1. There is also the fact that there were perhaps just too many pieces of a similar ilk submitted for a show and many had to go, to give a more balanced show. Perhaps not in your case Jane, but I think this sometimes happens.

  2. I, too, was declined for Visions. Over 600 entries and they accepted 40. I guess we can add another chunk of wallpaper to that room that we are filling with those thin envelopes! I love being in your company, either way the wind blows!

  3. Jane, those pieces are amazing. Very progressive, as always. Fitting into a mold isn't important, as you know, just doing what you love. You are always a forerunner.....sell you machine on Ebay!

  4. I think I'l actually keep the machine. I may need it to darn socks.

  5. I was just about to say, "Don't sell the sewing machine. You can always darn or make clothes." And anyway, who cares about an ole juror? Your work is exquisite and it brings joy to the hearts of those who view it. Just ask us here in the Ozarks who got a chance to see it up close and personal. We love you and think you are a genius. And yes, we're having fun on Spoonflower.com whether or not we ever cut the cloth.

  6. Jane,

    I found your two pieces to be visually stunning.
    So, I checked out the Vision entry rules - sure enough they only want quilts...

    " An entry is considered to be a quilt if it is composed of three layers, two layers of cloth filled with “batting material” and held together by “stitched” design"
    e-gads! that is even a tighter description than Quilt National's:

    The work must possess the basic structural characteristics of a quilt. It must be predominantly fabric or fabric-like material and must be composed of at least two full and distinct layers -- a face layer and a backing layer -- that are held together by hand- or machine-made functional quilting stitches or other elements that pierce all layers and are distributed throughout the surface of the work.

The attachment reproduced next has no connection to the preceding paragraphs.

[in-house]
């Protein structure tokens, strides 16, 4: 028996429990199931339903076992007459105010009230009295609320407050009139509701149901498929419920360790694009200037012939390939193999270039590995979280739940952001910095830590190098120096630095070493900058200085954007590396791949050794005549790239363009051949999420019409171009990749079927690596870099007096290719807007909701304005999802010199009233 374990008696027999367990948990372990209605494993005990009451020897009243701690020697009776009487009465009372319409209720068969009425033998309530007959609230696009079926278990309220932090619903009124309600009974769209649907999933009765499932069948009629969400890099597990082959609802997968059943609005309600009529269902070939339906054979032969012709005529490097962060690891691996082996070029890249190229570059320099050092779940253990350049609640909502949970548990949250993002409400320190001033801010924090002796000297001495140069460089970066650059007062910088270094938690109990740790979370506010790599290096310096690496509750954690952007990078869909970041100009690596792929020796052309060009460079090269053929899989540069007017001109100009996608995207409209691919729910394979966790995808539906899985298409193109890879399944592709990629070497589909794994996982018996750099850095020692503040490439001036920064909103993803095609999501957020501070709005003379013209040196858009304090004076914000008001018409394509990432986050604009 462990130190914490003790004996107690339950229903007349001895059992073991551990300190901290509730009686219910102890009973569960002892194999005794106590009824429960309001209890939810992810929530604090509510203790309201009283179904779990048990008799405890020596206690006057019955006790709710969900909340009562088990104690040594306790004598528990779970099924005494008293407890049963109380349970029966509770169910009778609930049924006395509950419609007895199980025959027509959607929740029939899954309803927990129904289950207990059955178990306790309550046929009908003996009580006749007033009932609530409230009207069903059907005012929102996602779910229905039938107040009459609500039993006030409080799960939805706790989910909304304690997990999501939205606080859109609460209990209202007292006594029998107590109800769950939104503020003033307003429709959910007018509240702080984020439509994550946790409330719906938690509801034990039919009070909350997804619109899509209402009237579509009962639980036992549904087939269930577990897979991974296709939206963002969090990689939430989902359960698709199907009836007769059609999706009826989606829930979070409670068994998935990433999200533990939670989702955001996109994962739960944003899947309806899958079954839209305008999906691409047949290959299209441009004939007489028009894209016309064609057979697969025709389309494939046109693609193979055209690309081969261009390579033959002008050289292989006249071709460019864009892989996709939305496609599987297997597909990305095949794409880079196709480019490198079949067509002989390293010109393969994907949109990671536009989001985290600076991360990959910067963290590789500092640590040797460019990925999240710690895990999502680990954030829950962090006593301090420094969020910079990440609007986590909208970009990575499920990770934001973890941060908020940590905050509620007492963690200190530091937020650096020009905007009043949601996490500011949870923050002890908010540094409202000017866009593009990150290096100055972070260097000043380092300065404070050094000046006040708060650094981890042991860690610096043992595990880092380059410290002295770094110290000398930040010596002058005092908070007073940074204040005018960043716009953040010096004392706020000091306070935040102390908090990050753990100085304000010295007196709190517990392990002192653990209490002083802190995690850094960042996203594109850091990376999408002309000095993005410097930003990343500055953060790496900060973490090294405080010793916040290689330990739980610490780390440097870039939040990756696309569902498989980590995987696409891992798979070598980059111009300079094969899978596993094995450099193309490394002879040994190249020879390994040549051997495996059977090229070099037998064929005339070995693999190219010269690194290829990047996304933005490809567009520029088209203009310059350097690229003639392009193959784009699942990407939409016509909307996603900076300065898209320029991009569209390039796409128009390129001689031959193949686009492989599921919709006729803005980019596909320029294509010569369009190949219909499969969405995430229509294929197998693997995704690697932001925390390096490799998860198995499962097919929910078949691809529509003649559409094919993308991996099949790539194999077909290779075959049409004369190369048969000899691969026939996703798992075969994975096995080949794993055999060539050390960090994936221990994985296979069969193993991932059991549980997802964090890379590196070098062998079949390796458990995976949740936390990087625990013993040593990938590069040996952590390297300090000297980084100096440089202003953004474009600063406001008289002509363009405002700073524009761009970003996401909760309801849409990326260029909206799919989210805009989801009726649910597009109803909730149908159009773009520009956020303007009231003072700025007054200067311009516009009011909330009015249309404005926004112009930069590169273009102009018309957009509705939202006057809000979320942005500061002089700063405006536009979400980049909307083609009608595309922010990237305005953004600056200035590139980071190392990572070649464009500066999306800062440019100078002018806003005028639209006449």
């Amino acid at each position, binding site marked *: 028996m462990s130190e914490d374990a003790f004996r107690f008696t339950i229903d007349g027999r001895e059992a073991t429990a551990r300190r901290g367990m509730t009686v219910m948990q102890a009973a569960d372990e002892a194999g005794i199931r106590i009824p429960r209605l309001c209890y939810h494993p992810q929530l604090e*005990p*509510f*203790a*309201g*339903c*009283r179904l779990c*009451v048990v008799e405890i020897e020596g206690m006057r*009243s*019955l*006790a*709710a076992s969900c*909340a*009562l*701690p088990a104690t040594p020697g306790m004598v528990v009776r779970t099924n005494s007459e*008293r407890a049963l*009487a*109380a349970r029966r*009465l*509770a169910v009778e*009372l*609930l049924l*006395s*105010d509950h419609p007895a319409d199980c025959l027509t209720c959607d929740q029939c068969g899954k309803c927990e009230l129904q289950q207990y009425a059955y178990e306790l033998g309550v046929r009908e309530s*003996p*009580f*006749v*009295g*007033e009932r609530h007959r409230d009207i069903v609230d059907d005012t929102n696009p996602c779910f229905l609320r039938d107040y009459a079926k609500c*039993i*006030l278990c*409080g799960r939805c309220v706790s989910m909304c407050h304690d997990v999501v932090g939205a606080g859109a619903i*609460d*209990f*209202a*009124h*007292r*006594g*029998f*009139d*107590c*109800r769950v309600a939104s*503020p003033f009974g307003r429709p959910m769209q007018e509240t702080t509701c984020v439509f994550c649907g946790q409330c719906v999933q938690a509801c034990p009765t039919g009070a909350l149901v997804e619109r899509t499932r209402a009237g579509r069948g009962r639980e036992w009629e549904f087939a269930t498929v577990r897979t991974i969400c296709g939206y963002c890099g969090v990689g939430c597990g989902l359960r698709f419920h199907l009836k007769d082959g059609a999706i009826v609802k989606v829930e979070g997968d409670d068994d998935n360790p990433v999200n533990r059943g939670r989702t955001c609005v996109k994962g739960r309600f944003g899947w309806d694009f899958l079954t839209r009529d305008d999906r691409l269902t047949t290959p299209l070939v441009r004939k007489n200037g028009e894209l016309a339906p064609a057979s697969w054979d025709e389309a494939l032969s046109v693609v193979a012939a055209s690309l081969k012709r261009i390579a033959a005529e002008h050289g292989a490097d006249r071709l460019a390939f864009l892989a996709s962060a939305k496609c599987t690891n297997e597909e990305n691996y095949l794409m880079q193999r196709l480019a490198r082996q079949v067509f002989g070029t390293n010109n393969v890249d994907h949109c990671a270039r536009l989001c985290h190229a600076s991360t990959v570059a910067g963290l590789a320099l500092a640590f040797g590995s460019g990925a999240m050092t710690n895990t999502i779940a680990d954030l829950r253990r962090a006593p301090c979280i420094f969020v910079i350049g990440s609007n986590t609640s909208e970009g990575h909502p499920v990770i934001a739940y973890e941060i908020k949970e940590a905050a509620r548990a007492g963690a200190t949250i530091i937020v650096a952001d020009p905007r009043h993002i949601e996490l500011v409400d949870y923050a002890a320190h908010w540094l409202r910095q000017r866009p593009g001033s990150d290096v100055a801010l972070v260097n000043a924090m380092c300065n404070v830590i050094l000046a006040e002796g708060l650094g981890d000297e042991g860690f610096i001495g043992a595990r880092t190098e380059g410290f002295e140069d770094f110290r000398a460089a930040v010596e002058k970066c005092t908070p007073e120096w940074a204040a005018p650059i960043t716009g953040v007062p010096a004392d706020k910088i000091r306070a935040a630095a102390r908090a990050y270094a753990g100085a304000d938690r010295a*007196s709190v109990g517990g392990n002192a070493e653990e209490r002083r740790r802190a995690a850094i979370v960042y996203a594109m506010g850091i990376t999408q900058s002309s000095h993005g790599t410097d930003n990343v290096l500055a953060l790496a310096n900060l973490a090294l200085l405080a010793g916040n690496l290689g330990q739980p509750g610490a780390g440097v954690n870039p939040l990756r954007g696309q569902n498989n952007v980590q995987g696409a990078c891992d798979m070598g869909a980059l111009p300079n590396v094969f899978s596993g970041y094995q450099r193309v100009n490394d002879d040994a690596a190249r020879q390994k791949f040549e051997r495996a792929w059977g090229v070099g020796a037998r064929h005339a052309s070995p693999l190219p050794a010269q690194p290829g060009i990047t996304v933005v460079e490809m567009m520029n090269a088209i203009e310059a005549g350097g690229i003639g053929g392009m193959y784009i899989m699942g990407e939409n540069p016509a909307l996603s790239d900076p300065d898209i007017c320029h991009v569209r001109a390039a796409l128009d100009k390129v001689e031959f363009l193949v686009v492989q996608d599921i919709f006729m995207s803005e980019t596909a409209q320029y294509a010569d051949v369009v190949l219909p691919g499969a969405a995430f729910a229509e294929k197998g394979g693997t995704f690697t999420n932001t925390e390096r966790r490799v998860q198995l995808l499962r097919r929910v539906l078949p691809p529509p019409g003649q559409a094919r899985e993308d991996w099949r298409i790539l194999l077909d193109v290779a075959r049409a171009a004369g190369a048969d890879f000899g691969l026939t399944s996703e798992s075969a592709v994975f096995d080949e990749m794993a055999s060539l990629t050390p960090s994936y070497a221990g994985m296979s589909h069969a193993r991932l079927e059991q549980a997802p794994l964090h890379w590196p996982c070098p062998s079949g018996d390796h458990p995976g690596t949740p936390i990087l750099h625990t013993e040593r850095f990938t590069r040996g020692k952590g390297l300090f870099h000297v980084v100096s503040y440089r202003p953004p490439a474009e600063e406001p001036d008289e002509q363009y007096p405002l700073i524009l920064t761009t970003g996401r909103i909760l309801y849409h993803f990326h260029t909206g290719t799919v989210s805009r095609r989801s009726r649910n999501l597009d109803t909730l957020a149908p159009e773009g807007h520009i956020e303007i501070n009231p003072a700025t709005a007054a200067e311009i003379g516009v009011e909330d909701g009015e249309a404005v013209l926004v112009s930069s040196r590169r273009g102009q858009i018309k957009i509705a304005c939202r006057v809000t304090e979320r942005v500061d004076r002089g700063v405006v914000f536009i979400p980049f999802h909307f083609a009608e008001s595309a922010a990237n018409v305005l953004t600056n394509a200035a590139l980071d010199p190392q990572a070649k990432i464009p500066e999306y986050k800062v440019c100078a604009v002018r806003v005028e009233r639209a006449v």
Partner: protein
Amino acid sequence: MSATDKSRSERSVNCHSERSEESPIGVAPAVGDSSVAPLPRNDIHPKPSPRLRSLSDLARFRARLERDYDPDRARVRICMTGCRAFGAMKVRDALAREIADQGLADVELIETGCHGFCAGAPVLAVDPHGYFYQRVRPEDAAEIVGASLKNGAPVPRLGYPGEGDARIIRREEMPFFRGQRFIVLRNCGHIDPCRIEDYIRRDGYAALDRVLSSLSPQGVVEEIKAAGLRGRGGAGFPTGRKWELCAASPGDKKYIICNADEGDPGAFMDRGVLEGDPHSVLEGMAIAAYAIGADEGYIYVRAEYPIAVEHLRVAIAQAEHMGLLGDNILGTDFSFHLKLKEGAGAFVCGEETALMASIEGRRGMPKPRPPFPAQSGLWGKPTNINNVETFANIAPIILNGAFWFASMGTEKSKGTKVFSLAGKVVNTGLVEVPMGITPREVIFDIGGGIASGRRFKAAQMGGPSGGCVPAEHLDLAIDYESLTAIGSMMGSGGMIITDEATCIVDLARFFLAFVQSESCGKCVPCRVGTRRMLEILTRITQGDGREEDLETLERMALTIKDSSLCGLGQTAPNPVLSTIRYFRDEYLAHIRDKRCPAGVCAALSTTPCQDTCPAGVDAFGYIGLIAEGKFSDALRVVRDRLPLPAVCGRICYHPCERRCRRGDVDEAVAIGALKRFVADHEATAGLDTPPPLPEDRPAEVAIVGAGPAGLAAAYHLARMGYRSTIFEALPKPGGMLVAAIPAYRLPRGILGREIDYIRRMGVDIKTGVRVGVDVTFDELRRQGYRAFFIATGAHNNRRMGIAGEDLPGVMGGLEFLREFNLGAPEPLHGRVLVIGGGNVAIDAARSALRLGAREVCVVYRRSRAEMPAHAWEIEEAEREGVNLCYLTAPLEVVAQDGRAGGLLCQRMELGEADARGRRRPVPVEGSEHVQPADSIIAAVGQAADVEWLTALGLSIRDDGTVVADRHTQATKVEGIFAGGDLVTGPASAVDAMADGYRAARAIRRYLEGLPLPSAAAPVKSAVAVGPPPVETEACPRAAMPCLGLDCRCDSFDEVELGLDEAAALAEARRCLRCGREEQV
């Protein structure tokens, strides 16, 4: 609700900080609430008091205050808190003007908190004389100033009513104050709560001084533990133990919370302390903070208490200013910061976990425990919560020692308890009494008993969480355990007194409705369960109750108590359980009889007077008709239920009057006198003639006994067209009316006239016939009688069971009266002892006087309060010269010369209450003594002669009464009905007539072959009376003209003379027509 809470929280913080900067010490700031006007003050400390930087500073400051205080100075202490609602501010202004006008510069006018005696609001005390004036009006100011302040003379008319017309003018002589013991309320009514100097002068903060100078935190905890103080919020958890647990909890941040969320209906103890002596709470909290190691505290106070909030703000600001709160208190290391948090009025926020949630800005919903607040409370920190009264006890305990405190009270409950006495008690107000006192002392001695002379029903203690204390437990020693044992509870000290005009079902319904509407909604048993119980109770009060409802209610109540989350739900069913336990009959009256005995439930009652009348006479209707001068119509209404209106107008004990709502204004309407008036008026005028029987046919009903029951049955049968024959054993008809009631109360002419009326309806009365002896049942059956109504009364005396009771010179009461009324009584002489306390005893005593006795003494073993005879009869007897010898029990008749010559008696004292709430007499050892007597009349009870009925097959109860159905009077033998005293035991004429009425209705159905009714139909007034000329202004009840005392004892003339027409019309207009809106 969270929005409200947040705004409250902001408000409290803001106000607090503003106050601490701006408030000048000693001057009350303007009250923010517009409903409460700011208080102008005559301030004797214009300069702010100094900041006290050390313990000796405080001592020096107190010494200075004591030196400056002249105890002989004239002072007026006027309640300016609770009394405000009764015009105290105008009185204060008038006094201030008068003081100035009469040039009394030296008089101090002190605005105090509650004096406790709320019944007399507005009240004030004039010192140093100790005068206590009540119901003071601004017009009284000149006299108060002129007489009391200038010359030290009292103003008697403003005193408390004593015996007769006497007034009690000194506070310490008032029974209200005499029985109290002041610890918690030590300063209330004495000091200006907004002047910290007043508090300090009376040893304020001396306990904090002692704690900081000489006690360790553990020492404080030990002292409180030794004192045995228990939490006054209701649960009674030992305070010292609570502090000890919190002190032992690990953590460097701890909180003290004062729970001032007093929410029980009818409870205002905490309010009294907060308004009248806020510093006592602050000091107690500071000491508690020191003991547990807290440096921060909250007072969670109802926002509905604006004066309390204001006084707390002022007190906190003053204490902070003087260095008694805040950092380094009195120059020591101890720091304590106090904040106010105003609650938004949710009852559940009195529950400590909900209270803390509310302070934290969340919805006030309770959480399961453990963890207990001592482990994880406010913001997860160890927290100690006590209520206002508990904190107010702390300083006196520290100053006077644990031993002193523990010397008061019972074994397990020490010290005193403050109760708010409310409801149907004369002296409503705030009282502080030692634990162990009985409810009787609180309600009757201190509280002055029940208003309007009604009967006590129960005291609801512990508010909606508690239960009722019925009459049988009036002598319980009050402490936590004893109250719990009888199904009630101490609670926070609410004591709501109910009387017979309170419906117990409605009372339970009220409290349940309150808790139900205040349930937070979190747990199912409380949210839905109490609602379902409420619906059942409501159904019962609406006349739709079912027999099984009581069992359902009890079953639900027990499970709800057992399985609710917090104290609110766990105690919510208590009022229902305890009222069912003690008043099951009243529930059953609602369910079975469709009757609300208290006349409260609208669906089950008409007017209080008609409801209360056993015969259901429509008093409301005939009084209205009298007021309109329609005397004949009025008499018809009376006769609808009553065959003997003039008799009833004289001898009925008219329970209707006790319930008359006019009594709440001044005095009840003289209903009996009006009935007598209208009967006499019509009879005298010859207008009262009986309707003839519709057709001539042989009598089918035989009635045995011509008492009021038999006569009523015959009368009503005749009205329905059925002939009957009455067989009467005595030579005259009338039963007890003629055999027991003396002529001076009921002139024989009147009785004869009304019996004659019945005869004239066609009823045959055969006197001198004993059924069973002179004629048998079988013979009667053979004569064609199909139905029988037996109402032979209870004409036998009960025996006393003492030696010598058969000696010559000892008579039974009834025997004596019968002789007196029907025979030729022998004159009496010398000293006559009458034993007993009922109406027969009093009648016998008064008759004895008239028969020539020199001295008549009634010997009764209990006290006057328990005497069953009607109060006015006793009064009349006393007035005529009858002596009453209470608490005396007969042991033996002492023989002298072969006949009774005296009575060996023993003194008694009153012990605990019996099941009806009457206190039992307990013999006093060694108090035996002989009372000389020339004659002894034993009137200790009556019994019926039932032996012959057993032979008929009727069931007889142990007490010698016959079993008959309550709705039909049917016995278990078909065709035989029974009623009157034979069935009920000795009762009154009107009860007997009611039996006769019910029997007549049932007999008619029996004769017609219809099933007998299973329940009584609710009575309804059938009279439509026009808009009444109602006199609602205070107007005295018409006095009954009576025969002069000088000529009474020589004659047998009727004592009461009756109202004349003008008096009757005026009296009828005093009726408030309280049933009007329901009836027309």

Given the flummox over the nature of this craft, I found the title of this year's Visions exhibit to be incongruous: 'Quilt Visions 2010 - No Boundaries'

    no boundaries eh?

  7. Jane,

    I spend the year+ enjoying the daily posting of your photos on Daily Visuals, and stumbled across a reference to your new blog by sheer coincidence. Welcome back to blog land!

    The two pieces you posted are absolutely gorgeous. Sorry to hear about the rejection from the Visions show, but your wish to give up on the quilting and pursue your work in your own form is is greatly appreciated. As a newer fabric artist still working to explore what you and others have taught about this form -- something well beyond, or just very different from quilting -- I have managed to feel this difference more than once.

    Looking forward to joining the conversations in your Neighborhood.

  8. Somehow this blog is set up differently--probably I've done something, but I wasn't finding the latest. I'll try to catch up! ah, rejection, it's sure enough out there, isn't it! Someone waiting, just waiting to cut people down to size. That's what it feels like sometimes and they seem to be everywhere. Just as my understanding continues to grow, I encounter those who disapprove of whatever it is that I'm doing. (I'm trying for Quilt National this fall though.) I don't think that I'm getting tougher because that would make me inflexible too. And sometimes I get really tired and wounded by rigid people--those who are unable to say 'God' and 'She' in the same sentence or to accept a quilt that represents cabbages of many colors. When I feel wounded, I am learning to seek community to help me make it through. To paraphrase a song from dear old 'Camelot,' that's what the simple folk do!"